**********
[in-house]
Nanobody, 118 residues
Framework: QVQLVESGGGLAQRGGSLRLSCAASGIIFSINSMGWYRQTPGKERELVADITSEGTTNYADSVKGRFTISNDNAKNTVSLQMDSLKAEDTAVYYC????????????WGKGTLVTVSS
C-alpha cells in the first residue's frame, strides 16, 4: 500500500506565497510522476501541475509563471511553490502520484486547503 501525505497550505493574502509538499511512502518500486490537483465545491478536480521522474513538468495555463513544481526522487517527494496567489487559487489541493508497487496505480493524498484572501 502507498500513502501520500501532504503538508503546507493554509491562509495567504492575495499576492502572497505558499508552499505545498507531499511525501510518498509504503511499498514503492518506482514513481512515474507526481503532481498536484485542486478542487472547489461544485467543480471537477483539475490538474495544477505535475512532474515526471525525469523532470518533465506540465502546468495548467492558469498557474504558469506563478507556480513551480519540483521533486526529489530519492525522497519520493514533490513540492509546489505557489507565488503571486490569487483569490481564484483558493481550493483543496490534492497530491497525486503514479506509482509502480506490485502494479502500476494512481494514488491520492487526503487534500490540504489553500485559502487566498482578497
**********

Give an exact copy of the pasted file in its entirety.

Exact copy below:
[in-house]
Nanobody, 118 residues
Framework: QVQLVESGGGLAQRGGSLRLSCAASGIIFSINSMGWYRQTPGKERELVADITSEGTTNYADSVKGRFTISNDNAKNTVSLQMDSLKAEDTAVYYC????????????WGKGTLVTVSS
C-alpha cells in the first residue's frame, strides 16, 4: 500500500506565497510522476501541475509563471511553490502520484486547503 501525505497550505493574502509538499511512502518500486490537483465545491478536480521522474513538468495555463513544481526522487517527494496567489487559487489541493508497487496505480493524498484572501 502507498500513502501520500501532504503538508503546507493554509491562509495567504492575495499576492502572497505558499508552499505545498507531499511525501510518498509504503511499498514503492518506482514513481512515474507526481503532481498536484485542486478542487472547489461544485467543480471537477483539475490538474495544477505535475512532474515526471525525469523532470518533465506540465502546468495548467492558469498557474504558469506563478507556480513551480519540483521533486526529489530519492525522497519520493514533490513540492509546489505557489507565488503571486490569487483569490481564484483558493481550493483543496490534492497530491497525486503514479506509482509502480506490485502494479502500476494512481494514488491520492487526503487534500490540504489553500485559502487566498482578497